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Wednesday 14 April 2010

Sarah Palin - America's Thatcher?

Posted in: Comment
By Craig Young - 1st February 2010

Will Sarah Palin be the next US Republican presidential candidate? And if so, what would that mean?

Next Pres?: Sarah Palin
The New Statesman recently reviewed two volumes on the former right-wing fundamentalist Republican Wasilla mayor and Alaskan Governor. Indisputably, she is a populist and her cronies are right-wing US media outlets like FoxNews (for which she is currently employed as a political pundit) and talkback radio. She's a creationist, opposes same-sex marriage and abortion rights and comes from a sparsely-populated state. She depicts her native Wasilla as a bicultural, conservative pastoral Arctic idyll of 'traditional values.'

(Other, more objective commentators describe it as an endless sea of malls, Pentecostal churches and as harbouring the most crystal meth labs in the state, a sure sign of rural poverty, the 'black economy' and economic neglect. As Alaskan Governor, she also presided over truncated public works programmes.)

Palin doesn't like mainstream media and investigative journalism. She also has a tendency to blame others for her own political mishaps. She is a profoundly polarising figure and uncomfortable outside the right-wing media circuit where she currently works. She depicts herself as a 'powerless outsider' and 'hockey mum." However, when it comes to her actual public policy positions, this is far from the truth. Like many other Pentecostal fundamentalists, Palin is an advocate of the 'prosperity gospel' of unregulated capitalism, entrepreneurialism and radical welfare privatisation. There are uncanny echoes of Margaret Thatcher's maternal fiscal management populism, although whether or not this is deliberate I have no idea. Certainly, Thatcher is still lionised amongst US New Right aficionados.

Given the above, why is Palin still regarded as a promising presidential contender? Unlike other western liberal democracies, the United States has no durable Leader of the Opposition during presidential terms, so the position of Republican presidential candidate is up for grabs and her rivals are likely to be former Arkansas Governor Mike Huckabee and Mitt Romney from Massachuesetts. She is backed by a populist "Tea Party Nation" pseudo-movement of anti-tax libertarians, gun ownership lobbyists, private health insurers that refers to 'limited goverment' and militarism, and is opposed to a sensible public health sector and economic stimulus packages. Palin is using TPN as a populist valve against 'movement' conservatives and the Democrats alike.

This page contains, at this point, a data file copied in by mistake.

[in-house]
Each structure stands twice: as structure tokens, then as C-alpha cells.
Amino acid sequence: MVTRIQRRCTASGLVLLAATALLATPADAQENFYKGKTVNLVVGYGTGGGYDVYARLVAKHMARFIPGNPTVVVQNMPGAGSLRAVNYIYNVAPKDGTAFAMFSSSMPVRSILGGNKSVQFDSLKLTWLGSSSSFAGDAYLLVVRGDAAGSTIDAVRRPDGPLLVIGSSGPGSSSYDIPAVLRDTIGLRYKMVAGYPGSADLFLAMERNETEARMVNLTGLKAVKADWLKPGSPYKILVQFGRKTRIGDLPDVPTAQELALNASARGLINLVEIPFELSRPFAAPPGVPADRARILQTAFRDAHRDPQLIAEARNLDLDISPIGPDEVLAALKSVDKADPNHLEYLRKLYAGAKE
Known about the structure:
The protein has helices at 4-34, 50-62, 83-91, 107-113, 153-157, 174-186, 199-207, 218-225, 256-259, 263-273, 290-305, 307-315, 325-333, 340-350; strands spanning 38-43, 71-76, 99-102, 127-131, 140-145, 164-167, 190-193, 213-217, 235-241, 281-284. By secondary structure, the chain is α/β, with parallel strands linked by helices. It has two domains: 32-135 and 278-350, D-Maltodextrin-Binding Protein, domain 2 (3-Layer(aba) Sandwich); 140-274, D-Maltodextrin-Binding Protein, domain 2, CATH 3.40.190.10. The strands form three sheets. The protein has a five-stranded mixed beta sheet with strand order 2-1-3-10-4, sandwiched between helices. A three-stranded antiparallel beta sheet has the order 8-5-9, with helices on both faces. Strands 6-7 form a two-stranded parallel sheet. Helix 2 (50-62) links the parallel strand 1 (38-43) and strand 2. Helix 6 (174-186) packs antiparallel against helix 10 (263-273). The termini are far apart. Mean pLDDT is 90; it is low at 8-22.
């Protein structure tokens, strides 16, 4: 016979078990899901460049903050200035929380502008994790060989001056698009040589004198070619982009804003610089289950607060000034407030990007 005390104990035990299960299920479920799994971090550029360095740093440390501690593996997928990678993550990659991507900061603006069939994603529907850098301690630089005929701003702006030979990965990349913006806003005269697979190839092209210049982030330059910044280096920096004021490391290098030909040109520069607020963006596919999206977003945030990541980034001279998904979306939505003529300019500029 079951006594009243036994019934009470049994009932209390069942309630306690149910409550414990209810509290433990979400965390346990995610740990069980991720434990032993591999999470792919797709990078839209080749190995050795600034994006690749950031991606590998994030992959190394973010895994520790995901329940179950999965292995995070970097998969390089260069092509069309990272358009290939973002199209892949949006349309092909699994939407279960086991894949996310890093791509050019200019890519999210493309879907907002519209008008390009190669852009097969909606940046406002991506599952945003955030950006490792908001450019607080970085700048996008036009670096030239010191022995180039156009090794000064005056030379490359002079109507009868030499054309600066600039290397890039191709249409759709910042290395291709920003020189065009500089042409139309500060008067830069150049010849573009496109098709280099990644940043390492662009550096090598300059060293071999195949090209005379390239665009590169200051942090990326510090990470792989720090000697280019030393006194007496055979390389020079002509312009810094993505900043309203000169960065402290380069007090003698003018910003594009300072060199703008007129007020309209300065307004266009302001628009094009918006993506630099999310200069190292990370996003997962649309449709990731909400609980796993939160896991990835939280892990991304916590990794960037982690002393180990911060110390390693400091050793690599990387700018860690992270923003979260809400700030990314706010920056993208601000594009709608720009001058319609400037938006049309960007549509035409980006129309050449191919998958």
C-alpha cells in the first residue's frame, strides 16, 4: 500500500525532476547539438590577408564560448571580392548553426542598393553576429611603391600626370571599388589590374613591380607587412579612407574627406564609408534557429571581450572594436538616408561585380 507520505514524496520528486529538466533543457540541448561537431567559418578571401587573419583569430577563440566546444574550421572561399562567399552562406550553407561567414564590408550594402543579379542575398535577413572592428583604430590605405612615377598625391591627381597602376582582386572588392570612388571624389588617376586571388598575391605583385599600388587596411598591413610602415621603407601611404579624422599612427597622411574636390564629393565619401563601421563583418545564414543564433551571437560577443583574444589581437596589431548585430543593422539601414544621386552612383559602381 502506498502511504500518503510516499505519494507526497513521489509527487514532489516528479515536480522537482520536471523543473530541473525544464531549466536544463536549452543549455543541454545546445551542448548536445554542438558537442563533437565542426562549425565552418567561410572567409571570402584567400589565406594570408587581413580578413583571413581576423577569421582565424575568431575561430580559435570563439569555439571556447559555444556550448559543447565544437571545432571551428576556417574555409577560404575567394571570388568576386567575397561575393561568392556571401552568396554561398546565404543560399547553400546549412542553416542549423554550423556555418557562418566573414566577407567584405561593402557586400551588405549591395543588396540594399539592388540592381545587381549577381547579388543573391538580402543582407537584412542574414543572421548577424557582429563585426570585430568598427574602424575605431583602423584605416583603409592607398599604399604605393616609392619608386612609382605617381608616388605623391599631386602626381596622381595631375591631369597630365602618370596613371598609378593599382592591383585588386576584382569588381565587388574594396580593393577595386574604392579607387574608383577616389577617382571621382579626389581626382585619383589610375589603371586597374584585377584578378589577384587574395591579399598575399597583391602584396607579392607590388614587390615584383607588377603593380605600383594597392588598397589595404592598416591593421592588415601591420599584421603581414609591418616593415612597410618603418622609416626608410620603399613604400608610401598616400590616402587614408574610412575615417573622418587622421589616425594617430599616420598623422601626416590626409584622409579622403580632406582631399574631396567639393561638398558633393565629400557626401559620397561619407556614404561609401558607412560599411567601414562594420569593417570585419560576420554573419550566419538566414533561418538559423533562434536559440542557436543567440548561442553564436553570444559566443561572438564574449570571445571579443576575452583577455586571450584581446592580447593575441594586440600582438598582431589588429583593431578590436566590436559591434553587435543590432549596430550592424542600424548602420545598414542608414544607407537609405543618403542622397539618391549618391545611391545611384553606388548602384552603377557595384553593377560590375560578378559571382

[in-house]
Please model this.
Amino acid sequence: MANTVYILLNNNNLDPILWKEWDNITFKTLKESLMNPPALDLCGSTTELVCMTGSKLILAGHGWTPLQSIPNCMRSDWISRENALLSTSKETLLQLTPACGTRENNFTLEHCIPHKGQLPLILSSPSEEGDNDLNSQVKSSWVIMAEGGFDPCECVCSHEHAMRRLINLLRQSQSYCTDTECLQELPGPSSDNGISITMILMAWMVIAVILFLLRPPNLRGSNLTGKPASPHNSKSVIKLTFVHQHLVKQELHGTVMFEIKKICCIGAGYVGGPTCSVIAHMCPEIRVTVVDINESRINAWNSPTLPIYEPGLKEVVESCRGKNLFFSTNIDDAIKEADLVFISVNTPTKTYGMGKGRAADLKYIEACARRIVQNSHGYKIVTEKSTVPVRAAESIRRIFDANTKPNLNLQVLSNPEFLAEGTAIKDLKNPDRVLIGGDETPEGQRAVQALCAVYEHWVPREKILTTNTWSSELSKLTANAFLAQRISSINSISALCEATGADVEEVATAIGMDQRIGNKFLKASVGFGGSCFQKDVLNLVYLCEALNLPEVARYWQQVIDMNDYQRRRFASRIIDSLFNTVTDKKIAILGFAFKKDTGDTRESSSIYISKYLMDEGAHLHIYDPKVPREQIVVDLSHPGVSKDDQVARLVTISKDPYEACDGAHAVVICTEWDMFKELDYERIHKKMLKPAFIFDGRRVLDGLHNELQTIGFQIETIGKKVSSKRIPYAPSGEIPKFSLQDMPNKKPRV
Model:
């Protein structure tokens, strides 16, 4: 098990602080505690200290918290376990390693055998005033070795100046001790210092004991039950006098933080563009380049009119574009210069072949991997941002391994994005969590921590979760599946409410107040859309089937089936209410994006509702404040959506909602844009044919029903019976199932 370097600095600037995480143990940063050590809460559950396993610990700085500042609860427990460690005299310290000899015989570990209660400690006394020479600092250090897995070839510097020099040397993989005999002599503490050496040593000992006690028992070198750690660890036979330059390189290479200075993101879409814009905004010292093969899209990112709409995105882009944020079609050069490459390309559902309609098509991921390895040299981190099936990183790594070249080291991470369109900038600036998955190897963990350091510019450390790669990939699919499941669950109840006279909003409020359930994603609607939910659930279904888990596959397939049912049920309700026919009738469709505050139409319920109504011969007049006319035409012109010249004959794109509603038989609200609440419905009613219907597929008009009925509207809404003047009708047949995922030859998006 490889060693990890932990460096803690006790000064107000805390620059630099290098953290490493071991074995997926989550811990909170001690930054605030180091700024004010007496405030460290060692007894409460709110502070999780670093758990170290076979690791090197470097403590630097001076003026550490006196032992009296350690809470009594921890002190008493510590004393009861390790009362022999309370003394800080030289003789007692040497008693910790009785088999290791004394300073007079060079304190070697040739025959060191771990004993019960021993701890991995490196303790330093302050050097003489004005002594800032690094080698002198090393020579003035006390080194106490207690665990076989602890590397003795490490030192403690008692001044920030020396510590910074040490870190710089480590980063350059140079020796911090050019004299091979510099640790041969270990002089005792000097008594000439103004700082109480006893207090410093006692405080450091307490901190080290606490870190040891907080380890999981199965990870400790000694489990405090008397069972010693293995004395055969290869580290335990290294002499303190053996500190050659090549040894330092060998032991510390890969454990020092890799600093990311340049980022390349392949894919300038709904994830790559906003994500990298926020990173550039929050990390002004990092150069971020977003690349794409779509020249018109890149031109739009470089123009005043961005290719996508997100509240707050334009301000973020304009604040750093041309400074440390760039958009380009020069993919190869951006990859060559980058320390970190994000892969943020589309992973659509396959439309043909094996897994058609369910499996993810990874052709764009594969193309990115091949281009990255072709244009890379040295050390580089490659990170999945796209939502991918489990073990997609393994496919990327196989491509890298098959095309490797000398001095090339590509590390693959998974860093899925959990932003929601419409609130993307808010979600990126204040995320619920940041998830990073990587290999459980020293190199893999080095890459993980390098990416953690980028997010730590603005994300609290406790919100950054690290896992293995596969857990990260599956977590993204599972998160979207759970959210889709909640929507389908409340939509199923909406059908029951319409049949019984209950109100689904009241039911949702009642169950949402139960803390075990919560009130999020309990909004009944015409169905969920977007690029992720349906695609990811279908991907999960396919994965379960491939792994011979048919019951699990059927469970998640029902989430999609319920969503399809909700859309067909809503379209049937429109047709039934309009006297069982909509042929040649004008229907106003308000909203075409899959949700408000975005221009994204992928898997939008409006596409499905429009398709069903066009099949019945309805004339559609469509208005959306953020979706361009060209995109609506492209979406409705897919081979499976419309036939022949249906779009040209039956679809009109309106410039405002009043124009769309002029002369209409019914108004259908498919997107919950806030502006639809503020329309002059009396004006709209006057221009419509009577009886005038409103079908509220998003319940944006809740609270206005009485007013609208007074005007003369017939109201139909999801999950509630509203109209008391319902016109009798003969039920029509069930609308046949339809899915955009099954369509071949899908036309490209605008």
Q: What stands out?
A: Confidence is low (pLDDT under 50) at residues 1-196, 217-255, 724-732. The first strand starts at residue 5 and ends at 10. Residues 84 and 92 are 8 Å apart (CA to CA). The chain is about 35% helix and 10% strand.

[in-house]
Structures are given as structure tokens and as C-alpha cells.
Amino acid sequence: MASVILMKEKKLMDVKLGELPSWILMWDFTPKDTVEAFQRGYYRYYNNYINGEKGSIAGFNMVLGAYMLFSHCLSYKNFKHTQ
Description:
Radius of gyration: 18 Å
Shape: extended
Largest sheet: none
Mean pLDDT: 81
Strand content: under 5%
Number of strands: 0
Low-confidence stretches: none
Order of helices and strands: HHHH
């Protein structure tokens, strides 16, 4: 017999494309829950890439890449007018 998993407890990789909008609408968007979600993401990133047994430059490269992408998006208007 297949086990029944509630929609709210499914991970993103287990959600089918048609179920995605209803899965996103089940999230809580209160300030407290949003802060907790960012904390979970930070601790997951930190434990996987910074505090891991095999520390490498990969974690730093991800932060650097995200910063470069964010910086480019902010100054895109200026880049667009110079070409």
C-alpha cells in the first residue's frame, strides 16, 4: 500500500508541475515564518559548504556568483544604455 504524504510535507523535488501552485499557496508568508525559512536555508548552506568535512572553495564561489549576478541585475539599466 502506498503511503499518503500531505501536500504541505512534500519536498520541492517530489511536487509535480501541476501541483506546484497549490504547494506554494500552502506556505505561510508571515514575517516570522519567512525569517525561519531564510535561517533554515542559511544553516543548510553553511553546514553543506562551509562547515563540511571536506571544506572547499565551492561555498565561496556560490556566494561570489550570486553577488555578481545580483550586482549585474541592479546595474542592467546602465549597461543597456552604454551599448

If she succeeds and brings more right-wing Republicans with her, the US LGBT movement can probably bid farewell to an end to employment, accomodation, goods and service and military discrimination during the Obama administration. More seriously, given her dire Alaska track record, one shudders to think of what the United States would become under her reign.


Sarah Churchwall: "Patriot Missile" New Statesman: 18.01.10: 52-53.

Andrew Stephens: "Trouble Brewing" New Statesman: 18.01.10: 24-25.

Craig Young - 1st February 2010

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